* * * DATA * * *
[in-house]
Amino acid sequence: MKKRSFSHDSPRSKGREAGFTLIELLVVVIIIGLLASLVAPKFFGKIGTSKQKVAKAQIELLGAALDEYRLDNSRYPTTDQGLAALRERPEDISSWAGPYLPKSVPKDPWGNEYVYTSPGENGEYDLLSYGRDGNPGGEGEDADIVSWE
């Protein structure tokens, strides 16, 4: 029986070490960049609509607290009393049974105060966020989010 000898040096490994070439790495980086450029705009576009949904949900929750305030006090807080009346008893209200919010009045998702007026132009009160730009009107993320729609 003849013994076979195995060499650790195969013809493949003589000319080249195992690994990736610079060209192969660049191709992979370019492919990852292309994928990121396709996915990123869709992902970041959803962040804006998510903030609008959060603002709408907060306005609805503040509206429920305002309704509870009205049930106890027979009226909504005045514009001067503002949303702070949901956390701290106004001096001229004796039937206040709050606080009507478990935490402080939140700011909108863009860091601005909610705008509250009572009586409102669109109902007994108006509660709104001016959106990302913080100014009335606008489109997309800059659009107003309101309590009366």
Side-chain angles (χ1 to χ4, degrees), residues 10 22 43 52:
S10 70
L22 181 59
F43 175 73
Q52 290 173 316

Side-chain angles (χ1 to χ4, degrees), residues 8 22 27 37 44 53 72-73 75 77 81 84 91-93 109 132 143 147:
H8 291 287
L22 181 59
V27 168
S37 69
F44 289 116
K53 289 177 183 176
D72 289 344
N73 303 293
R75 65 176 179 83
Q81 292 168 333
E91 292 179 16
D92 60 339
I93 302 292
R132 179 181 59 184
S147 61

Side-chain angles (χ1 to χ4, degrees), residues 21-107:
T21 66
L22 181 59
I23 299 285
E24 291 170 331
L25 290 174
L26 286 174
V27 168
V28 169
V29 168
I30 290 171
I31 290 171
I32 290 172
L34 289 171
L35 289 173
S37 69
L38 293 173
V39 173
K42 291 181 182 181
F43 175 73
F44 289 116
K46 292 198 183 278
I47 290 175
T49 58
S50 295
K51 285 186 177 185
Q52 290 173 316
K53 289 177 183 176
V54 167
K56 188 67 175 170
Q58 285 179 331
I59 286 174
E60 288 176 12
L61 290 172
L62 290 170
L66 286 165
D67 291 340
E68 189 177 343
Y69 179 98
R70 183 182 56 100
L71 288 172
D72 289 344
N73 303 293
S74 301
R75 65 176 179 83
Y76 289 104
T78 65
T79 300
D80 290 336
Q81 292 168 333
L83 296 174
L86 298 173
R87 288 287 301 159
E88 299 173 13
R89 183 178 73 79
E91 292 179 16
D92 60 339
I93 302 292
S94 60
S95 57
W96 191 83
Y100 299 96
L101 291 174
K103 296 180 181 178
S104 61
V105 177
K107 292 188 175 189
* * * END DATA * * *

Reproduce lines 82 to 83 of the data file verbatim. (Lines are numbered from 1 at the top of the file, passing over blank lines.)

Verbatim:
I93 302 292
S94 60